• A portfolio of professional work demonstrating a high quality of research and report writing skills and a breadth of knowledge of a number of source types.
    • An exam lasting almost a day, consisting of real time library research, exam condition questions, the production of a pedigree, and a viva voce.

    IMG_1568 - Version 4

    On paper this does not, perhaps, sound too onerous a task. However, this time there are deadlines. The expectation is that the exam will be taken the June after enrolment. There are also just six months in which to complete the assignment. Secondly, all of a sudden I was not working to a budget and the possibilities for additional research became endless.

    I chose to submit six pieces for my portfolio, covering a wide range of sources and time periods and research in a whole host of archives all over the country. In addition to research in local archives in Cambridgeshire, Suffolk and Essex, the research took me on my first visit to The National Archives (TNA) in London and resulted in my spending a lot of time staying with friends and family whilst I visited archives in Worcester and Birmingham. Typically, the closer my deadline became the more challenges I found with my research. For example, my visit to TNA to look at the Field Books from the 1910 Valuation Survey revealed that my area of interest in Birmingham was the only part of Birmingham for which TNA do not hold the maps on which the reference numbers may be found. Off I went back up to Birmingham to look at their maps (which have yet to be catalogued and I am indebted to the staff for pulling out the maps likely to be of interest), to note down my reference and return to TNA.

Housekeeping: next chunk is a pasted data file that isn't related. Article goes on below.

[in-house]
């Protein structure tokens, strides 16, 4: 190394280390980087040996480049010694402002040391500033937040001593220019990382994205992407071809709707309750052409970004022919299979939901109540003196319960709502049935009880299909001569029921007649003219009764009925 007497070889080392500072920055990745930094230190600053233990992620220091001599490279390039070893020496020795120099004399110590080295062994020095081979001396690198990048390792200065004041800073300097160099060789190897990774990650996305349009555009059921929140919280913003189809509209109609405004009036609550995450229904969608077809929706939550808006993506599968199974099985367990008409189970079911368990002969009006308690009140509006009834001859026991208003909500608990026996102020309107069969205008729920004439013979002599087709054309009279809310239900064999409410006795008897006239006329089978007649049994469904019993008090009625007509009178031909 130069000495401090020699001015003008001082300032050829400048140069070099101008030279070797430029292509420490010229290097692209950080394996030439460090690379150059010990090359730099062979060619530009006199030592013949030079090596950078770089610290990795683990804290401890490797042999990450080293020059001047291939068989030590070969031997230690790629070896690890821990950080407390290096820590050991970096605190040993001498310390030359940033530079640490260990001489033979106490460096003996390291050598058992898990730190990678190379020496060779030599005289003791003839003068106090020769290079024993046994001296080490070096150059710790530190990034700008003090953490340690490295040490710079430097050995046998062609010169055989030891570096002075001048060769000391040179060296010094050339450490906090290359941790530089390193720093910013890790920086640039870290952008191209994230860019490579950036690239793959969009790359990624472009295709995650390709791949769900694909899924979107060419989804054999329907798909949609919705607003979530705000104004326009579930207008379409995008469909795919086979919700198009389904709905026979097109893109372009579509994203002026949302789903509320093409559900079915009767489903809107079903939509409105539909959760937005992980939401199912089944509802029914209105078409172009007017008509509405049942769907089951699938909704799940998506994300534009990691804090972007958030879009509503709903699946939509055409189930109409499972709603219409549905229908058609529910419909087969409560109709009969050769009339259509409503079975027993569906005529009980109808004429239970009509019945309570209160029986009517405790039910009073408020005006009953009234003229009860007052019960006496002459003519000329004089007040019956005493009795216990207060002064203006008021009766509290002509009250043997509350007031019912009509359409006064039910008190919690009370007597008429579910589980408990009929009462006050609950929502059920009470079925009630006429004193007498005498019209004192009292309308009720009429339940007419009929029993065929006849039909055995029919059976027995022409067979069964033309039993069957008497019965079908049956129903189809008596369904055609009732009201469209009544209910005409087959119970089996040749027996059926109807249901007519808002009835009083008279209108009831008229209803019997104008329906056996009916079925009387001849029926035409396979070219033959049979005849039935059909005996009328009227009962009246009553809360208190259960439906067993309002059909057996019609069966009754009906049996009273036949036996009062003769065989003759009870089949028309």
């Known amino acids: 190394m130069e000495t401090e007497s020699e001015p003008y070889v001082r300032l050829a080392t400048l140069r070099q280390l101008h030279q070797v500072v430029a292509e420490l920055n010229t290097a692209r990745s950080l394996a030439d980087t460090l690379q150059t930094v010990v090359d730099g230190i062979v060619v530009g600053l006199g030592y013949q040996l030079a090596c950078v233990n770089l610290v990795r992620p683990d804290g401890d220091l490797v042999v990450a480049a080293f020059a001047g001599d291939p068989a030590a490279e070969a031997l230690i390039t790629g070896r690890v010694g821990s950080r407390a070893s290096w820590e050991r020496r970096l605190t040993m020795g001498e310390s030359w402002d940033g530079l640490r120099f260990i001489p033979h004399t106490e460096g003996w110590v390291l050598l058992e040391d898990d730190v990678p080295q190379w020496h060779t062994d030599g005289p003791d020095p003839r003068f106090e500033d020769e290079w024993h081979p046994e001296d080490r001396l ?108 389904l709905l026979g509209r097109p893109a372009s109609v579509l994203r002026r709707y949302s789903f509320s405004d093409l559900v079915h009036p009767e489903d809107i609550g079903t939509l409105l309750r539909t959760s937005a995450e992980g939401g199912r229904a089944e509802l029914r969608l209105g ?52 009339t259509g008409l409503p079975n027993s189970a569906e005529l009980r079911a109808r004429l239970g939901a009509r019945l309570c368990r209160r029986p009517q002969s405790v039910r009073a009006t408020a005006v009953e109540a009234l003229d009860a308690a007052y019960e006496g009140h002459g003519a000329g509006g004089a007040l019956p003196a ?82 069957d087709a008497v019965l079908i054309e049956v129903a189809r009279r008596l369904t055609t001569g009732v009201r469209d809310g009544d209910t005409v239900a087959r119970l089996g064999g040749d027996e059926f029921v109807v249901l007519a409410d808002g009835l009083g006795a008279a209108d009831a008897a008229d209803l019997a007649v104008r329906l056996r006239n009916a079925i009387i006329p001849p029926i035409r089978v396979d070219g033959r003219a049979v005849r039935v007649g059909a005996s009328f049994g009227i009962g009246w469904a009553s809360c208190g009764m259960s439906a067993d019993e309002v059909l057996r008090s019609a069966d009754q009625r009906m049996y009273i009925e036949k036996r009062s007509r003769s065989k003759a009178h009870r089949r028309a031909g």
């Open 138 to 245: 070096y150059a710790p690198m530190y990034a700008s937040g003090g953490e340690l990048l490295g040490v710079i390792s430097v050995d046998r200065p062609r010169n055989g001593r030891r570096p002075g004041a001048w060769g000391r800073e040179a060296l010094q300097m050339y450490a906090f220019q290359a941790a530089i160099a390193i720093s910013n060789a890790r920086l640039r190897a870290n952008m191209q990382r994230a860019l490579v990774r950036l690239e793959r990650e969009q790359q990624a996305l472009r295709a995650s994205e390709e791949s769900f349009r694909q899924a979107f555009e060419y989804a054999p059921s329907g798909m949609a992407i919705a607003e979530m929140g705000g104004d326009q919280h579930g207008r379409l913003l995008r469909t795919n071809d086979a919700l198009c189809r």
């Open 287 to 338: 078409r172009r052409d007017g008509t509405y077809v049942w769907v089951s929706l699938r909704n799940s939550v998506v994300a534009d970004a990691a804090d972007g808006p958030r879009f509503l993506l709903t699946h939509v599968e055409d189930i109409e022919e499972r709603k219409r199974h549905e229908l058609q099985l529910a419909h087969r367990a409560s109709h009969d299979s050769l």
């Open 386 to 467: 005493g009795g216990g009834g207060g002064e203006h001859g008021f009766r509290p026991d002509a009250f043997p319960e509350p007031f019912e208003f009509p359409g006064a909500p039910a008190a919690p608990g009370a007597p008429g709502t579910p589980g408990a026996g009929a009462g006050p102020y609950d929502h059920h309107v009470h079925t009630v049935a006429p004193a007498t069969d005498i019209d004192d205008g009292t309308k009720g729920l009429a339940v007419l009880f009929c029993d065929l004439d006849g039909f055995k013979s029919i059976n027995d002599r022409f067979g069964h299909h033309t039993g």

Although immensely hard work, overall the work itself was immensely satisfying. How often are we given the opportunity to take research to the levels we would like to without budgetary constraint? The opportunity to look at all those sources we know may only have a chance of holding further information and being able to look anyway without measuring the chance of success up for a client and letting them decide whether to proceed?

    Having submitted my portfolio and set piece the final part of the Diploma was the exam.

    IMG_1568 - Version 3

    As the exam is based upon IHGS library resources there is an opportunity to arrive the day before and have a library tour to find out which subjects are in which areas – the main library at the IHGS is split into five different rooms on the first floor. There is also an opportunity to work through some past papers and get a feeling for the process involved. I would highly recommend all future IHGS students take up this opportunity!

    After all the hard work I was immensely proud to be told I had passed the Diploma in Genealogy. It marked the end of an immense personal journey, the achievement of a goal I had been steadily working towards for four years. Will it change my day to day working life? It is hard to say, but the Diploma in Genealogy is the IHGS professional qualification, providing future clients with the assurance that, as Karen Cummings DipGen, they may be rest assured that they will receive a high standard of work from Professional Family History.

    IHGS Award Day for the Diploma in Genealogy, with Dr Richard Baker

    IHGS Award Day for the Diploma in Genealogy, with Dr Richard Baker

Search Blog

Blog Archive

December 2018
« Nov    


Keep up to date with my latest posts

Enter your email address to subscribe to this blog and receive notifications of new posts by email.